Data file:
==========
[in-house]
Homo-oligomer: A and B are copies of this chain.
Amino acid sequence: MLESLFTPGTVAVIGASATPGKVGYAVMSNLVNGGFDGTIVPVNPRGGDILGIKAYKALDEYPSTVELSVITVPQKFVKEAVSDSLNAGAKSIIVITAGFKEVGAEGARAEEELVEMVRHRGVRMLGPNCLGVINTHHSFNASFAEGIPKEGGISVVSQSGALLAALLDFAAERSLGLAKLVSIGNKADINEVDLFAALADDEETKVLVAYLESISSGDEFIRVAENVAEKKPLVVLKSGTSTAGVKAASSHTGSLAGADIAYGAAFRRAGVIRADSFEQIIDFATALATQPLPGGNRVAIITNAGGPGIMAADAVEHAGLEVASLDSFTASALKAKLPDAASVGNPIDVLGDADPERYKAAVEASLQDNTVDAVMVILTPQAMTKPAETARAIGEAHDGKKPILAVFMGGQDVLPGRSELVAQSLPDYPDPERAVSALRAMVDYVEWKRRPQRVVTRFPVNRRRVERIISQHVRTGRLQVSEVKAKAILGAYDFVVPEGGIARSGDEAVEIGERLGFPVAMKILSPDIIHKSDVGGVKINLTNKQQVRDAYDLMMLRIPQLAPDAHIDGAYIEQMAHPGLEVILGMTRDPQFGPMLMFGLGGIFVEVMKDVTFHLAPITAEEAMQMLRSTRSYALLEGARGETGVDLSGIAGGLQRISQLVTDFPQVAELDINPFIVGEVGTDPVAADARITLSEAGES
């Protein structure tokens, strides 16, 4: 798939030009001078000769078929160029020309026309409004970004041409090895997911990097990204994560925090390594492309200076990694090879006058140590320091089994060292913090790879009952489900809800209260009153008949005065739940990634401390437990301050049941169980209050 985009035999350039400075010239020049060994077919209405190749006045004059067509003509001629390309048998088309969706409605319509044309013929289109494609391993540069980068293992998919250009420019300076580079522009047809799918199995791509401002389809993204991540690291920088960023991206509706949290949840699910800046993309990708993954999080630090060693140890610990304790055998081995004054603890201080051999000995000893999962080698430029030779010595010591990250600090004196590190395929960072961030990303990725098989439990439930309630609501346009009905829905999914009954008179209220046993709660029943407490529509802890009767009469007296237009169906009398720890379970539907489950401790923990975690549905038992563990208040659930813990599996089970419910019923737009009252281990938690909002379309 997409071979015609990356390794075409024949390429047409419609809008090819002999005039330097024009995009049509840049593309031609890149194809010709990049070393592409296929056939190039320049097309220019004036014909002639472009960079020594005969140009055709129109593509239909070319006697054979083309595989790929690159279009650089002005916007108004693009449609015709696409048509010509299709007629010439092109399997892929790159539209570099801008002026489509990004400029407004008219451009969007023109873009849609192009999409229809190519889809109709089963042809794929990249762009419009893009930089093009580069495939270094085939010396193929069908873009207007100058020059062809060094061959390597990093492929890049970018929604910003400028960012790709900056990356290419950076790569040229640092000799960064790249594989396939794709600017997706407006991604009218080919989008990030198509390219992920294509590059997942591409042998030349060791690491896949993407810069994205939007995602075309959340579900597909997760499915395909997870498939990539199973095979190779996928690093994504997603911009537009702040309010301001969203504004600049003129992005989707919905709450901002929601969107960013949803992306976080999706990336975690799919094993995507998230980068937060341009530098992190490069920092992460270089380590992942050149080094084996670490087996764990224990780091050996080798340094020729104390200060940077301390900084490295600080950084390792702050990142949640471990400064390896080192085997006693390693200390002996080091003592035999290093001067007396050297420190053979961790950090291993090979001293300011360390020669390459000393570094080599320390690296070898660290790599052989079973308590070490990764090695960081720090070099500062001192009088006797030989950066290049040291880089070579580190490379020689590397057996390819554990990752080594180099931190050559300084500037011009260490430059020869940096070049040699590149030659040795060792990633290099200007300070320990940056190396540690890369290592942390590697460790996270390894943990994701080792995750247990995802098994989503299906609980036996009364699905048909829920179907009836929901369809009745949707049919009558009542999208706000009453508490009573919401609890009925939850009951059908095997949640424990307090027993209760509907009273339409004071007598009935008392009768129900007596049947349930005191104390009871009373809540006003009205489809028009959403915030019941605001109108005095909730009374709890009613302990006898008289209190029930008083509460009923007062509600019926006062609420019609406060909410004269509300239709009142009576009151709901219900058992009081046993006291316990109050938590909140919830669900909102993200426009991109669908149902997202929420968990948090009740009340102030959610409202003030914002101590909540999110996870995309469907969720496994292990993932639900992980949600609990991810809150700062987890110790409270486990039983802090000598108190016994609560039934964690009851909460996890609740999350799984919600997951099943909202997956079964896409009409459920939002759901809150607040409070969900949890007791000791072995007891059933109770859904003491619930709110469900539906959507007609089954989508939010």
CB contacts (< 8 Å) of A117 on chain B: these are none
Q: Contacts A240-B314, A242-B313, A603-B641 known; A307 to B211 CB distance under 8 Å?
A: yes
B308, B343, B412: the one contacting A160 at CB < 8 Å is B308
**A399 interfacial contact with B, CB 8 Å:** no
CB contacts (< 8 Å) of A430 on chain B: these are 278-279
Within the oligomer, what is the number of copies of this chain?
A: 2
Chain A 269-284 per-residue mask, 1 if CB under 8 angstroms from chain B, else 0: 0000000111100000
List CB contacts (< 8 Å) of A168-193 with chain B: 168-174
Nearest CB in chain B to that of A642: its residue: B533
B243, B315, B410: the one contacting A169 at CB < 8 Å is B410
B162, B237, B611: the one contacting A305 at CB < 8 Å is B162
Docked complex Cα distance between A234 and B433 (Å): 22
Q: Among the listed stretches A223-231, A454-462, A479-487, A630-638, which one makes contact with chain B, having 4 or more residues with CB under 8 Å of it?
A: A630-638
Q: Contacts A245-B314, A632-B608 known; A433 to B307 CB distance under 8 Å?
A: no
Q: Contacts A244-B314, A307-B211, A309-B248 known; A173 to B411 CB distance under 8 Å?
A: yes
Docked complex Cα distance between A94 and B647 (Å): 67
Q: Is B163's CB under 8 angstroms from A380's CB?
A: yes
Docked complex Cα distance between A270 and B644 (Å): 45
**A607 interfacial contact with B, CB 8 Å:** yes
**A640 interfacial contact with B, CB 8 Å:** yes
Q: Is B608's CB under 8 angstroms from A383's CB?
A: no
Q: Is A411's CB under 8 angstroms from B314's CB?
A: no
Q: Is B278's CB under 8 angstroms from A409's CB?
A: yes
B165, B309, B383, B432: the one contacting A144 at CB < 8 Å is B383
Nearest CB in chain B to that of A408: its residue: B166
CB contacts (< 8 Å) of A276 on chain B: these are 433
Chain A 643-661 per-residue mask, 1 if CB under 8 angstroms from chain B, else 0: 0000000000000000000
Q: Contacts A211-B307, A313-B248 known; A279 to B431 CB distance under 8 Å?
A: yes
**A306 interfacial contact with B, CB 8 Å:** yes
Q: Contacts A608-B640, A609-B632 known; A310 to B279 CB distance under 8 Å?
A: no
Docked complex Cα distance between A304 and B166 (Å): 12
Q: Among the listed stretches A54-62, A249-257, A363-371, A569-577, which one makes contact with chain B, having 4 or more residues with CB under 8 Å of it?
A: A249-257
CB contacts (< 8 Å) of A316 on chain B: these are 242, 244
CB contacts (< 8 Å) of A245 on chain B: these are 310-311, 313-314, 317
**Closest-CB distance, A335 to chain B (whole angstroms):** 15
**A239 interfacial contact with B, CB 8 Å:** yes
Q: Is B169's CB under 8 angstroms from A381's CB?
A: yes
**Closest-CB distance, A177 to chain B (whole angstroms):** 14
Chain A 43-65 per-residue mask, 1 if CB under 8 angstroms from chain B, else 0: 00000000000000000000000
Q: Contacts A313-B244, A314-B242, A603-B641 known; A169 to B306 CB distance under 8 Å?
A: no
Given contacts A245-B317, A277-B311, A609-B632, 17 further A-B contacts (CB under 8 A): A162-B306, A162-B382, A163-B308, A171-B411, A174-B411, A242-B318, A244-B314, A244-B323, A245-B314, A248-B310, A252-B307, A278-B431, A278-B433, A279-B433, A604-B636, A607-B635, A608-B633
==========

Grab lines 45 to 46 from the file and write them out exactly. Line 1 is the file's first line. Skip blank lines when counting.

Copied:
A: no
Docked complex Cα distance between A304 and B166 (Å): 12